Time filter

Source Type

Charleston, WV, United States

Spiller H.A.,Kentucky Regional Poison Center | Scaglione J.M.,Cincinnati Drug and Poison Information Center | Aleguas A.,Northern Ohio Poison Center | Foster H.,Arkansas Poison and Drug Information Center | And 5 more authors.
Annals of Pharmacotherapy | Year: 2010

BACKGROUND: There is limited information on the effect of scheduling a drug as a controlled substance with comparable data from both a pre-scheduling and post-scheduling time period. OBJECTIVE: To investigate the temporal changes on poisoning cases involving tramadol in 4 states: 2 states where it has been scheduled and 2 where it is not scheduled. METHODS: Databases were searched for all cases involving tramadol reported from 2003 through 2009 at 6 regional poison centers that served Arkansas, Kentucky, Ohio, and West Virginia. To allow for comparison based on population, state population estimates were obtained from the US Census Bureau. RESULTS: Over the 7-year study period, the number of tramadol cases increased from 401 per year to 1009 cases per year. The mean annual increase in tramadol cases for all 4 states ranged from 8.8% to 14.1%. Post-scheduling in Arkansas and Kentucky, there was a mean decrease in cases of 4% and 31%, respectively. During this same period, the comparison states of West Virginia and Ohio showed a continued increase of 14% and 23%, respectively. The mean annual increase in tramadol cases per 100,000 population for all 4 states ranged from 16% to 31%. Post-scheduling of tramadol, there was an annual decrease in tramadol human exposures of 5% to 31% in Arkansas and Kentucky, respectively. During this same period, West Virginia and Ohio showed a continued annual increase of 14%. CONCLUSIONS: The decrease in the number of cases of tramadol exposure following its addition to the schedule of controlled substances in Kentucky and Arkansas suggests that adding a drug to the schedule of controlled substances may result in a decrease in poisoning exposures related to that drug. Source

Hardison Jr. L.S.,University of Virginia | Wright E.,Charleston Area Medical Center | Pizon A.F.,University of Pittsburgh | Pizon A.F.,West Virginia Poison Center
Journal of Medical Toxicology | Year: 2014

Introduction: Phosgene is a rare exposure with strong clinical implications. We report a phosgene exposure that resulted in the patient's death. Case Report: A 58 year-old man arrived to the emergency department 1 hour after exposure to phosgene with complaints of a sore throat. Initial vital signs were blood pressure 175/118 mmHg, heart rate 98/min, respirations 12/min, and oxygen saturation of 93% on room air. Physical exam revealed few scattered rhonchi, without signs of distress. Initial arterial blood gases (ABG's) revealed pH 7.42, pCO2 43 mmHg, pO2 68 mmHg, HCO3 27 meq/L, and oxygen saturation of 93% on room air. Initial chest x-ray 2 hours after the exposure demonstrated clear lung fields. Approximately 2.5 hours after the exposure, he began complaining of dyspnea, restlessness and his oxygen saturation dropped below 90%. He received nebulized albuterol, 1 gram intravenous methylprednisolone, and 100 % oxygen via face mask. Minimal improvement was noted and he was intubated. The post intubation chest x-ray, 3.5 hours after the exposure, revealed diffuse alveolar infiltrates. Acetylcysteine, terbutaline, and IV steroids were administered without improvement. The patient died 30 hours after exposure. Discussion: There are many misunderstandings concerning phosgene due to its rare presentation. Traditional treatment modalities are often unproven in human trials and were unsuccessful in this case. Conclusion: This case highlights the significant toxicity that results from phosgene exposure and the challenges of the limited treatment modalities. There is concern for the use of this agent in chemical terrorism. © 2013 American College of Medical Toxicology. Source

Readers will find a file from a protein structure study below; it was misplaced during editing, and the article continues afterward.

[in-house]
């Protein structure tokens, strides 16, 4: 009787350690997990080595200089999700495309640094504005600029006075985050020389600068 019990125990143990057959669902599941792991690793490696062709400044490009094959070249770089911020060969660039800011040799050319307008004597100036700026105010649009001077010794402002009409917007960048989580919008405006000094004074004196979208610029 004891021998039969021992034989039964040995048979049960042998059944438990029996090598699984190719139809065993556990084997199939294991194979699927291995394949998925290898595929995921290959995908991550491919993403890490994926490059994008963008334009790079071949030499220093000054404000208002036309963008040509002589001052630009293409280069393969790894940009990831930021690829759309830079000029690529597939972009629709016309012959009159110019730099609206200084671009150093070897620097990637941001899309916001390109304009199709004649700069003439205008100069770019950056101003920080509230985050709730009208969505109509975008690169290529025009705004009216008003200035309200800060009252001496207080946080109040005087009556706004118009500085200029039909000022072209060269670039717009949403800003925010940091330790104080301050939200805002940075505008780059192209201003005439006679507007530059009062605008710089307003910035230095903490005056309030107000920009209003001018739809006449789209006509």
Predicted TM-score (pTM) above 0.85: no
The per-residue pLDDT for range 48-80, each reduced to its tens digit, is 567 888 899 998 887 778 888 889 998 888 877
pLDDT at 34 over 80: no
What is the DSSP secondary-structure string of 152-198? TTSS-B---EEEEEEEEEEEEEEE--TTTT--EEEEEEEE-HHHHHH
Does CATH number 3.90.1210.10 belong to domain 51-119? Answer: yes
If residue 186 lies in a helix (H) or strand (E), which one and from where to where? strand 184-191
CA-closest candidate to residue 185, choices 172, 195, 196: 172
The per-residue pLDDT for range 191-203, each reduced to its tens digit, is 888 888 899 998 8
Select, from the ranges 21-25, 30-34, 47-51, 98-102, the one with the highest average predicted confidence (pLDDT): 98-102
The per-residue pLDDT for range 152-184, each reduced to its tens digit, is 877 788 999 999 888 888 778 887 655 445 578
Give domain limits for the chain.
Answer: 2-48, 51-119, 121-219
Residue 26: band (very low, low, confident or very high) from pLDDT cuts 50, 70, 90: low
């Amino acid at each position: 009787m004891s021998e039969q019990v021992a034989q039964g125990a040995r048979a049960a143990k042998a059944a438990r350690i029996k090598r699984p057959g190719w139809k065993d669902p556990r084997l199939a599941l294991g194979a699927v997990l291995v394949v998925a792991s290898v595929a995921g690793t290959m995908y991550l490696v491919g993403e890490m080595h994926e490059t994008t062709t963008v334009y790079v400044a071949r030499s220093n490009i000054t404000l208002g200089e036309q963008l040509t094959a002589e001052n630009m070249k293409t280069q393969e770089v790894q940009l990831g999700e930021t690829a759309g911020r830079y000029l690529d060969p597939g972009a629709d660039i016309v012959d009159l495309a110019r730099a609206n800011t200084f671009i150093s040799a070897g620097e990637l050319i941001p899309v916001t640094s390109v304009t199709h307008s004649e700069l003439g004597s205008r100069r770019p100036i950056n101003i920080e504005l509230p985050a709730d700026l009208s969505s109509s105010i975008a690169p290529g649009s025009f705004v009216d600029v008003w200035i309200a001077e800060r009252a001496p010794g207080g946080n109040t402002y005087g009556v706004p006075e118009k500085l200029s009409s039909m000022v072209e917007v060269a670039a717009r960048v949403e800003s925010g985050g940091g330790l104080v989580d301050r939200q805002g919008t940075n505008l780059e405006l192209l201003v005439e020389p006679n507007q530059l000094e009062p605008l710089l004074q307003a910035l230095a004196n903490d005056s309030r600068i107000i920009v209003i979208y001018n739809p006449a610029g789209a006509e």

Jones P.R.,Pacific Institute for Research and Evaluation | Sheppard M.A.,Pacific Institute for Research and Evaluation | Snowden C.B.,Pacific Institute for Research and Evaluation | Miller T.R.,Pacific Institute for Research and Evaluation | And 4 more authors.
American Journal of Health Education | Year: 2010

Background: Unintentional poisoning is an important public health issue that exacts a heavy toll on our nation's seniors. However, relatively few empirical studies have examined the efficacy of poison prevention education programs on this cohort. Purpose: This study assessed the impact of a poison education program on the knowledge, perceptions, intentions, and behaviors of seniors in Missouri and West Virginia. Methods: One-hundred and twenty-seven seniors completed pre- and post-test surveys, which were designed to assess the program's efficacy. Participants were re-interviewed after four weeks to determine whether they had implemented the behaviors described in the program. Results: The results revealed that the program improved the knowledge of participants and impacted both their behavioral intentions and actual behaviors. Discussion: When taken together, these data indicate that brief educational interventions may be an effective tool in reducing the incidence of unintentional poisonings among seniors. Translation to Health Education Practice: More generally, these methods and findings suggest that single sessions of theory-driven health education can be effective for interventions among seniors. Source

Discover hidden collaborations